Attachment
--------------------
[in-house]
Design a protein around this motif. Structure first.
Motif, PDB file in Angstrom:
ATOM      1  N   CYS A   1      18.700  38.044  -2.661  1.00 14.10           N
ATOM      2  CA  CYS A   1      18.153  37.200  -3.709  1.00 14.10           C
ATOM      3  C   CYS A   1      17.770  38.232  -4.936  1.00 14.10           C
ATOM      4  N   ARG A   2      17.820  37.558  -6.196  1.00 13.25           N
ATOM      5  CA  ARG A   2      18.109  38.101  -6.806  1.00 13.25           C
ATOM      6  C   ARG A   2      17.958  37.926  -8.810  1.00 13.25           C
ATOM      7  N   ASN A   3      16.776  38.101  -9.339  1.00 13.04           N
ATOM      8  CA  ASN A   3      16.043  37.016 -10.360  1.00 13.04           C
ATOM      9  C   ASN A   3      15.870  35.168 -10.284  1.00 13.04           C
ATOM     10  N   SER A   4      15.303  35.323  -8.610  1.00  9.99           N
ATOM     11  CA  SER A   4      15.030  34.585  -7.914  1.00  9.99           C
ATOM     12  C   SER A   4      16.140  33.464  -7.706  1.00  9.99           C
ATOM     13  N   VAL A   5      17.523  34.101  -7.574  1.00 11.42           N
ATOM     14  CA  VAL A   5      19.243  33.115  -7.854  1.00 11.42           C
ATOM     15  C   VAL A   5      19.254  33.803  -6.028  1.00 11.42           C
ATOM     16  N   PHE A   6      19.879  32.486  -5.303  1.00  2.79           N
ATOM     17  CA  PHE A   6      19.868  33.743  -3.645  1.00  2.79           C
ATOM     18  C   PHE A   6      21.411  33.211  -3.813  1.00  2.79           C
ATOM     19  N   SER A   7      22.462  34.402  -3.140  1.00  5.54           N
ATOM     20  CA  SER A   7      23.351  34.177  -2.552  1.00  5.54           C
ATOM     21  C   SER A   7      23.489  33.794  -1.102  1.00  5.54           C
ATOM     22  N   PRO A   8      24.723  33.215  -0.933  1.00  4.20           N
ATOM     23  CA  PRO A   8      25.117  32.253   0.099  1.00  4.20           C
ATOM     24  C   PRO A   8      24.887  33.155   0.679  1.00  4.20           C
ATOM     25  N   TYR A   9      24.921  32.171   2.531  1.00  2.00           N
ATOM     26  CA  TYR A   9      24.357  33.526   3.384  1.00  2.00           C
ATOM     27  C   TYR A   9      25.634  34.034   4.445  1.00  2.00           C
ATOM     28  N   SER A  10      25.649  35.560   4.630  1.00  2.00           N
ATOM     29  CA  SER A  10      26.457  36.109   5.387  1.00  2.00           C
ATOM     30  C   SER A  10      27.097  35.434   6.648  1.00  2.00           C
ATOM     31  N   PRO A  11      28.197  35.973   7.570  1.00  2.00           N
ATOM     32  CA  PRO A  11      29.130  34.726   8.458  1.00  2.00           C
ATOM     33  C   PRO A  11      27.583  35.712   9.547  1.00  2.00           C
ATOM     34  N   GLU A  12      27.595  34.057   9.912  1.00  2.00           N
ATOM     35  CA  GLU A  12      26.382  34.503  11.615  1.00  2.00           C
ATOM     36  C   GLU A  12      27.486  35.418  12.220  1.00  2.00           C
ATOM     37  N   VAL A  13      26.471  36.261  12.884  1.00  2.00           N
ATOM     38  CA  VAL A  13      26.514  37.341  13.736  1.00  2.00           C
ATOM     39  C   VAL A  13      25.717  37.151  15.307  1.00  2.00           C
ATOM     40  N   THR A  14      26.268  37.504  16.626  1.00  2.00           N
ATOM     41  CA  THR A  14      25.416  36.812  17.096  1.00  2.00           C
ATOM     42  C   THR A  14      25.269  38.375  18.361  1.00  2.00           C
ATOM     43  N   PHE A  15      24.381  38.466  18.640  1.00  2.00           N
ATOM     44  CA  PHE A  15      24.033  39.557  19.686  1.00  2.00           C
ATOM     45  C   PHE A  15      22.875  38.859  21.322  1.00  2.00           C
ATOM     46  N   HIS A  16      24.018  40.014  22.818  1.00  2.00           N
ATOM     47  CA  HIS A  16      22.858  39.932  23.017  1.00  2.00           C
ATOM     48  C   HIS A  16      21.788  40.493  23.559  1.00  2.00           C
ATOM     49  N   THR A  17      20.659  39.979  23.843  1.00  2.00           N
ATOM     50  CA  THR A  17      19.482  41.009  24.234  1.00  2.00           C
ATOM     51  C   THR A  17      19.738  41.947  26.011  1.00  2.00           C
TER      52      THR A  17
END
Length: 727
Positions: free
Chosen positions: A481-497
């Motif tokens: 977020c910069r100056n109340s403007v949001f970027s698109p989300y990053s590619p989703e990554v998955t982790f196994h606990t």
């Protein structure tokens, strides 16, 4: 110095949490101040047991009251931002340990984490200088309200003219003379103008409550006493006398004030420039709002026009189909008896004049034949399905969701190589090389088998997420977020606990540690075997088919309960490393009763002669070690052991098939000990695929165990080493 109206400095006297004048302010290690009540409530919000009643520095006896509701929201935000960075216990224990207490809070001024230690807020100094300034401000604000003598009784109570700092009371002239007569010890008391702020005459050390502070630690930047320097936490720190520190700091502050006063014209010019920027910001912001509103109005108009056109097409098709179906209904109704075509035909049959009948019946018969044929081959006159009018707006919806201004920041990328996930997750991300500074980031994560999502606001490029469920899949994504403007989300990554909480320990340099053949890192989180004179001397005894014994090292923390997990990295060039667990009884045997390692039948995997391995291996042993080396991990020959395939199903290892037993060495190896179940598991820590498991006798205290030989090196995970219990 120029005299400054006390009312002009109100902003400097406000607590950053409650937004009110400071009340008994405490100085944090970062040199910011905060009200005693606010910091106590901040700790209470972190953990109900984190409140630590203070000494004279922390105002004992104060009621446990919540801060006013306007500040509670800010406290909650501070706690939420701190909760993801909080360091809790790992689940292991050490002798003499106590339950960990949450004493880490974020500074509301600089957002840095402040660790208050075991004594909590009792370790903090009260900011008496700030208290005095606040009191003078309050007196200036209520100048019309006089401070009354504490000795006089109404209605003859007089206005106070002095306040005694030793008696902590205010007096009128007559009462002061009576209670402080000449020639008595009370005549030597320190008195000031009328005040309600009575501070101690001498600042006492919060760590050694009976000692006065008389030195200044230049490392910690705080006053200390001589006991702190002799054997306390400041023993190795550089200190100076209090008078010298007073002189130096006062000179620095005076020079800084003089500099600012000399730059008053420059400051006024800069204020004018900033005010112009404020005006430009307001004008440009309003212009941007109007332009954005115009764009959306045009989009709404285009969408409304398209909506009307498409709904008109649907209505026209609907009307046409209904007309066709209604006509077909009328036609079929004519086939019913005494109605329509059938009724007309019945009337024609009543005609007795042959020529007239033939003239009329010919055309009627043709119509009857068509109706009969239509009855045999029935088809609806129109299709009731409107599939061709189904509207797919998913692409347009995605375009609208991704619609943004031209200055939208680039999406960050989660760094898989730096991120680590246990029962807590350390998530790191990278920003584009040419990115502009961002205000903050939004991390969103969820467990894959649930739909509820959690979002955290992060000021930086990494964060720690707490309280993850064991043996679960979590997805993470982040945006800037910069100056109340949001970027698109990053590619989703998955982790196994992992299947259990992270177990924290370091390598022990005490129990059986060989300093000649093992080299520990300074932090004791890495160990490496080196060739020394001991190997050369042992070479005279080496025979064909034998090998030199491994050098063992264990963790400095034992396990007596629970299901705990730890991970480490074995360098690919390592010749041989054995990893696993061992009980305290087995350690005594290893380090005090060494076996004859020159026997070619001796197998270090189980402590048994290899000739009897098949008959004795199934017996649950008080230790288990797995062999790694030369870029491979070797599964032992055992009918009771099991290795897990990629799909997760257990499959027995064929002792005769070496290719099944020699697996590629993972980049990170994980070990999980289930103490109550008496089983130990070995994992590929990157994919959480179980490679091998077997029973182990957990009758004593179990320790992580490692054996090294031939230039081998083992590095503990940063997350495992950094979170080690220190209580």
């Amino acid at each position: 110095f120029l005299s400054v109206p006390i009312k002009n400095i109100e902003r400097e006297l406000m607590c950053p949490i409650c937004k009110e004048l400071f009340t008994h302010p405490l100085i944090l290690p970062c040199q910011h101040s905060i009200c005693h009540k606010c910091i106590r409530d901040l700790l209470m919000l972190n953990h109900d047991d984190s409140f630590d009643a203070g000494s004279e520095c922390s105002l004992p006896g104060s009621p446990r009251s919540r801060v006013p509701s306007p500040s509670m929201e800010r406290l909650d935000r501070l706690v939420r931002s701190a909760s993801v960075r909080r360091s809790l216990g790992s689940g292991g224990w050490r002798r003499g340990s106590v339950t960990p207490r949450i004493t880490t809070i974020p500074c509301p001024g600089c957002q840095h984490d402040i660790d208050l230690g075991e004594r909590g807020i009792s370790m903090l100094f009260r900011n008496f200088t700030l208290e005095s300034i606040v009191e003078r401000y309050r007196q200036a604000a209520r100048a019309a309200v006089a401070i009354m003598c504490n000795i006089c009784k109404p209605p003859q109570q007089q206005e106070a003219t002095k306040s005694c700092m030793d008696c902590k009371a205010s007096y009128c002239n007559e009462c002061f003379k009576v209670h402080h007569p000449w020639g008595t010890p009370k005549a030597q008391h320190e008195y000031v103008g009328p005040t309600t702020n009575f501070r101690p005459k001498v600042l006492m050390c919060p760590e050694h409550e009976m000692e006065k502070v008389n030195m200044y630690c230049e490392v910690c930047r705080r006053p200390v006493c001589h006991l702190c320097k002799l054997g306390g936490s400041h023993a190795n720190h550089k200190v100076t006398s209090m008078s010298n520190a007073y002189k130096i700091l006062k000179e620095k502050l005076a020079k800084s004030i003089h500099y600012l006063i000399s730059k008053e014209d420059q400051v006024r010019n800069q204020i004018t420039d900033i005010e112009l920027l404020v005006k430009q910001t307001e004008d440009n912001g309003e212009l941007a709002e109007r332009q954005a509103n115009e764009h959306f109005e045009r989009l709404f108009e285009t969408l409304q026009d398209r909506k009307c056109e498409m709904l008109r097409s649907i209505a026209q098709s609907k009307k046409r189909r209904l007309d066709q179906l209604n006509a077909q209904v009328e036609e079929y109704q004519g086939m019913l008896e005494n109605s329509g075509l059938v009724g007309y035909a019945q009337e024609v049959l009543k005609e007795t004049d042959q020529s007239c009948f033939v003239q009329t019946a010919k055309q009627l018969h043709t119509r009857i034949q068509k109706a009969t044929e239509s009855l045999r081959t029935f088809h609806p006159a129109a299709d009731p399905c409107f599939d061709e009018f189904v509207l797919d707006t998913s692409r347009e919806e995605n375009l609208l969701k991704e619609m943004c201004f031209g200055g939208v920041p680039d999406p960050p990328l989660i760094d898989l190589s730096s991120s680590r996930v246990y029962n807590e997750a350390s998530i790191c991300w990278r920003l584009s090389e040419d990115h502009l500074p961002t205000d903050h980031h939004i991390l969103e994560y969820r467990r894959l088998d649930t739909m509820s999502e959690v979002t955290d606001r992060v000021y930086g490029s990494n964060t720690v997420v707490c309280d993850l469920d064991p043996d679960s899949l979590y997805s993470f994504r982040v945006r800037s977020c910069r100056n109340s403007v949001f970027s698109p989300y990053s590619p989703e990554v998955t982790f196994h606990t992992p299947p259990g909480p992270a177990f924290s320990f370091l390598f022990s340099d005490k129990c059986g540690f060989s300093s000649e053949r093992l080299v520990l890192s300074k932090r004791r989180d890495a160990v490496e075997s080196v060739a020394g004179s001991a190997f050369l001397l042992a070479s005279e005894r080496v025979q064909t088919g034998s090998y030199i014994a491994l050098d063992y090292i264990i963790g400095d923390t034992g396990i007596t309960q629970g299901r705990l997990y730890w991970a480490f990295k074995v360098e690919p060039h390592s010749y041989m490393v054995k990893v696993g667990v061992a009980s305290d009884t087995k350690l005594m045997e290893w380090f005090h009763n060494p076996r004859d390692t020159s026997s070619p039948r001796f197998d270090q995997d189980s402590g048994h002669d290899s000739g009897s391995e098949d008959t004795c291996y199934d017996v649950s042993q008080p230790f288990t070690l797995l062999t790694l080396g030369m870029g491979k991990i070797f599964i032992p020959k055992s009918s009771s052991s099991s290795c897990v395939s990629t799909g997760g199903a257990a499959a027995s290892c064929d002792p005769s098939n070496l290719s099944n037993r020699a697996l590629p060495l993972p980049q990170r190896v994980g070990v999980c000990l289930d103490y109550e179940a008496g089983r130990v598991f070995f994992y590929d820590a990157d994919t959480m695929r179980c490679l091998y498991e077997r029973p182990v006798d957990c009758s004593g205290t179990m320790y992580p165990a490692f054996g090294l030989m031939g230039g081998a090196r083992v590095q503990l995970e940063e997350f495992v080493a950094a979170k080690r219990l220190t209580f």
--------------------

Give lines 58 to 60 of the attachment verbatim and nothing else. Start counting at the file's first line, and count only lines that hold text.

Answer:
Positions: free
Chosen positions: A481-497
């Motif tokens: 977020c910069r100056n109340s403007v949001f970027s698109p989300y990053s590619p989703e990554v998955t982790f196994h606990t």